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Calculus Calculus by Varberg, Purcell, Rigdon

  1. Strongly Recommend

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  2. Lightly Recommend

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  3. Lightly don't Recommend

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  4. Strongly don't Recommend

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  1. Aug 9, 2013 #1

    micromass

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    Last edited by a moderator: May 6, 2017
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  3. Aug 9, 2013 #2

    lurflurf

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    I am not familiar with this book. Too bad it is by Edwin J. Purcell. I would be interesting in reading a calculus book by Edward M. Purcell. The description is quite funny bragging about being short, accurate, mainstream, complete appropriate, concise, and clear; but not excessive, unnecessary, rigorous, outdated, or faddish. It is like they just gave a list of adjectives. All those claims are questionable and subjective. I will be sure to flip through it sometime.
     
  4. Aug 6, 2015 #3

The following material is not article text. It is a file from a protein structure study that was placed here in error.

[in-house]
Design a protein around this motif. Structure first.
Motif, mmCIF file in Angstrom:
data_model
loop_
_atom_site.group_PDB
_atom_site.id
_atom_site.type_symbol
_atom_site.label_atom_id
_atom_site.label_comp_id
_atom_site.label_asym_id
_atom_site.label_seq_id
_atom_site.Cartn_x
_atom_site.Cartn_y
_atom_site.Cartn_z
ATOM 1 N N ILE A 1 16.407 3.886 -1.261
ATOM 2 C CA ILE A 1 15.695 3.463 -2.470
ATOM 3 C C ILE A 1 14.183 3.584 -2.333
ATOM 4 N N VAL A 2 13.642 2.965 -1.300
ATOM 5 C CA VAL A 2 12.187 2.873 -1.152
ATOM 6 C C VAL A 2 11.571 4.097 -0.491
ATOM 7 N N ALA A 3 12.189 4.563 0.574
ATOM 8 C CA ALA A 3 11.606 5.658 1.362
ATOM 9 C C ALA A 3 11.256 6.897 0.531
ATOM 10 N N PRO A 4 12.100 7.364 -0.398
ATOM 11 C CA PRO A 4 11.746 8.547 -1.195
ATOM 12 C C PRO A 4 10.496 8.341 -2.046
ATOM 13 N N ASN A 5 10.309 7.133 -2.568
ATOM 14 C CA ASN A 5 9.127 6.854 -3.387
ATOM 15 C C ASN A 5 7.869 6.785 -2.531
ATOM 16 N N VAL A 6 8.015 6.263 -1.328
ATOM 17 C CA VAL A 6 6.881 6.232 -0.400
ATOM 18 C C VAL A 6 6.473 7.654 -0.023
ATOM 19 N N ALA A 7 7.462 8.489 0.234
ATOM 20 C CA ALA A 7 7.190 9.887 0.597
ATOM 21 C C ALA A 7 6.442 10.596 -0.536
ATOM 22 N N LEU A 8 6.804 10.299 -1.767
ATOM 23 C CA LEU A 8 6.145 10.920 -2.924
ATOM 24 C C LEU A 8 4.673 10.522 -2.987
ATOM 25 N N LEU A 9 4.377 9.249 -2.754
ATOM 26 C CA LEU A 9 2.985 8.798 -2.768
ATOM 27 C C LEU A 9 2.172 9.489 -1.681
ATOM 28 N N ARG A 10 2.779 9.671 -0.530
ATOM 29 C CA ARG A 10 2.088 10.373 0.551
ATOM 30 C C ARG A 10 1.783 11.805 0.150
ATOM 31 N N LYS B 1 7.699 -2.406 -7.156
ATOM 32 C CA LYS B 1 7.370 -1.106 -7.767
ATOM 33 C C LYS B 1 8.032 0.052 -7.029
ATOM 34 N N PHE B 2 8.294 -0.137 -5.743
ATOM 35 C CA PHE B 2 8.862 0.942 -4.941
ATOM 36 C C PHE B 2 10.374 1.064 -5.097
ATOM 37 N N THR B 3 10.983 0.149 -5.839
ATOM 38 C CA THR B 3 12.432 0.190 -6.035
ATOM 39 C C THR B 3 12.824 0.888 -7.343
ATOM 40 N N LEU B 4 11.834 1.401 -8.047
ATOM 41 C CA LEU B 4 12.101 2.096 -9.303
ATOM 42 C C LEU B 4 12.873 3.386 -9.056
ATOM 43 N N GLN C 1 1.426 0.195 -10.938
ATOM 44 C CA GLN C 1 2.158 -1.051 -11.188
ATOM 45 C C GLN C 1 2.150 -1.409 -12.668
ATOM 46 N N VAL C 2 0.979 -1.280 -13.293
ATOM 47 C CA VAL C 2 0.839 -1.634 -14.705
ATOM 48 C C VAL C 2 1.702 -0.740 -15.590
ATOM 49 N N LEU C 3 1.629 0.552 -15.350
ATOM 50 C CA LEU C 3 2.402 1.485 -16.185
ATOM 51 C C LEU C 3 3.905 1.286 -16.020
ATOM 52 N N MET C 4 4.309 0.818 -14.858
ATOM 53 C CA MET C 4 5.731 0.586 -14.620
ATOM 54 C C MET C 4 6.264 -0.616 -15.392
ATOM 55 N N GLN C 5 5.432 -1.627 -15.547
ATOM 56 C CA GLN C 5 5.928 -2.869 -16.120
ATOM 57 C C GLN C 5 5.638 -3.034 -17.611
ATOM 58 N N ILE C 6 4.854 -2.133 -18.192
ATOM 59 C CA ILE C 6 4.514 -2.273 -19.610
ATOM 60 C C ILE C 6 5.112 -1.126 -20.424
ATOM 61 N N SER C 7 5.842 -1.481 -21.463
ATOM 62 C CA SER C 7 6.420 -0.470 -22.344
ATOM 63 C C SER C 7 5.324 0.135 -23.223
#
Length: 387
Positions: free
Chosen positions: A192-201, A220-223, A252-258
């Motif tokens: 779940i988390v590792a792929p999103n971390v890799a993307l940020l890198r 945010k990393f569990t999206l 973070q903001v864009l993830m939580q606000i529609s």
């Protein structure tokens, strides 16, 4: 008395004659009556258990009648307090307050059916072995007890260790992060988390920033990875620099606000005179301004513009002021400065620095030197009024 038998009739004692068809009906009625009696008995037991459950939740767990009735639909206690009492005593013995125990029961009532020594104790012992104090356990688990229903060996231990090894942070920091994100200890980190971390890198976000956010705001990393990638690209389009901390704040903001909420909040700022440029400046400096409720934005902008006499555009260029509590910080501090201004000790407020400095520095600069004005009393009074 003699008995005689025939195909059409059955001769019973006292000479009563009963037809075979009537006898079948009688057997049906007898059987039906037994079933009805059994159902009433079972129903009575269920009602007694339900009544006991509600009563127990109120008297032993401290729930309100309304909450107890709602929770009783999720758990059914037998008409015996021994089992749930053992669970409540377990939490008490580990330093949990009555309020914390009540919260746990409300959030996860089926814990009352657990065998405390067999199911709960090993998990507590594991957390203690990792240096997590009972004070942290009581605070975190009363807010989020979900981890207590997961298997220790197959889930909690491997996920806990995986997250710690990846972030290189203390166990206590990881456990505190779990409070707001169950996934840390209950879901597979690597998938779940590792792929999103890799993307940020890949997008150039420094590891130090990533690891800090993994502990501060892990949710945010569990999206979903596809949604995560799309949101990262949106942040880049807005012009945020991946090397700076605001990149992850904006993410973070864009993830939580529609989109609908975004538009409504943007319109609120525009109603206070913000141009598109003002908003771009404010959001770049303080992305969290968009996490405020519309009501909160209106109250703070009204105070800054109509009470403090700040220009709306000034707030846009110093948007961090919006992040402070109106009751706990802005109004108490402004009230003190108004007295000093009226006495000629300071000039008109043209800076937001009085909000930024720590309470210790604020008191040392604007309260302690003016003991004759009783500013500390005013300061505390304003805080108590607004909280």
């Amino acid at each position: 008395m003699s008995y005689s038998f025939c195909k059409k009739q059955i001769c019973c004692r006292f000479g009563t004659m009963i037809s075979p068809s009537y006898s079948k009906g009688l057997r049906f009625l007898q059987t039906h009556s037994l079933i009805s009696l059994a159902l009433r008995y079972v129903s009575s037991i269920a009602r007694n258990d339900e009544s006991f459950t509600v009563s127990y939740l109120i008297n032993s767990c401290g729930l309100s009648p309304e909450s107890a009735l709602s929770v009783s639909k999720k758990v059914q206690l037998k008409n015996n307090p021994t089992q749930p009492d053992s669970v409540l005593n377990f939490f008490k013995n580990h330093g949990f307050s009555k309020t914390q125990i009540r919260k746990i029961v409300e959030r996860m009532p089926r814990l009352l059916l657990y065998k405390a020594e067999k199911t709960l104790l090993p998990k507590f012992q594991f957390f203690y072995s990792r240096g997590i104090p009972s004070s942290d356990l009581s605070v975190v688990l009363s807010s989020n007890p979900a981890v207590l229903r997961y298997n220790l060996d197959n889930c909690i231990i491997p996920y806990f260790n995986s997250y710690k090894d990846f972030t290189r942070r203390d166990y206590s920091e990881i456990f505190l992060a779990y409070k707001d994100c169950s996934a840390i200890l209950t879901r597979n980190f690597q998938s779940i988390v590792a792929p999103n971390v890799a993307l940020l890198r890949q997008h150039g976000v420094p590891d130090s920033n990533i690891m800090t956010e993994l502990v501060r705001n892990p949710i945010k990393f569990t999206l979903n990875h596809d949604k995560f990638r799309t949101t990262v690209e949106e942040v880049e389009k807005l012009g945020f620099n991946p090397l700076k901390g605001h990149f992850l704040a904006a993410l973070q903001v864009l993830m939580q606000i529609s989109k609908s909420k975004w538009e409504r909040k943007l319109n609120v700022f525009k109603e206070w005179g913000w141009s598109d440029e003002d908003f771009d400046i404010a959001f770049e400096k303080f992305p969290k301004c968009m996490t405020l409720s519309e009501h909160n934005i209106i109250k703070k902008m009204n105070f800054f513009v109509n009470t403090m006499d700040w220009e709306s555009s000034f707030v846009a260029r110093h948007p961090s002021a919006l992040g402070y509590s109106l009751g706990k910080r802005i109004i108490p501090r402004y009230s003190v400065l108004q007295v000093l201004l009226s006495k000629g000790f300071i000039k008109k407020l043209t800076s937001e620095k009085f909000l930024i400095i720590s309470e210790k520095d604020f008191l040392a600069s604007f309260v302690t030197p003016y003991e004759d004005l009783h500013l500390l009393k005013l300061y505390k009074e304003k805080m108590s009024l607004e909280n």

Sorry for this late review, but I'd thought I'd give in my two cents: I was gifted this book a while back by my high school math teacher who is responsible for me being a prospective mathematician, so it holds sentimental value to me. I have flipped through this book and have used it as a reference when my courses in college have used Larson as the text. I must say that this book is more somewhat rigorous than Larson and Stewart (naturally). It contains a lot of references to nuances of analysis that I am now able to identify having taken an analysis course, though I am sure this would go way above the head of a typical calculus student who is solely concerned with how to compute a given derivative or integral. I must say that these microscopic plunges into more "analytic" rigorous calculus are kind of disproportionate since it in different sections, it seems nearly indistinguishable from other textbooks such as Larson or Stewart, in it's focus of computation rather than Theory. That being said, the book does have an overall great preliminary chapter that even includes a small section on proofs and logic (and I mean small, perhaps insufficient, but it would at least provide motivation to be expanded upon by a diligent teacher/professor) and various topics that could be either review or maybe seen for the first time. Should one buy this book? Well, I view it in the way that I view other "first calculus books": there are completely free open source textbooks online that vary in rigor and difficulty to suit your needs that are completely free, so I would say no. If you absolutely need to have a physical copy of a book, or are a high school teacher that can suggest to the school board some textbooks of an appropriate level that also prepares students for higher level math, then I guess I would say yes. I think this is better than Larson or Stewart, especially if the student works through it all, even focusing on the tossed around details that may seem unimportant at first. If followed up with reading a book on proofs, such as Book of Proof (freely available), they should be able to tackle Apostol or Spivak for a more theoretical treatment. As a superficial little side note on unimportant cosmetic nitpicking, the book does have a monochromatic green visual style to it which may put off some students (which it shouldn't). I don't know if this is with all versions of the book since I have the instructor's edition, but I know that these introductory books are more colorful and easy-looking than say a typical Springer published book. This one matches the format, but is otherwise kind of ugly looking. Again, hopefully the student can look past this minutia and focus on the great material in the book.
     
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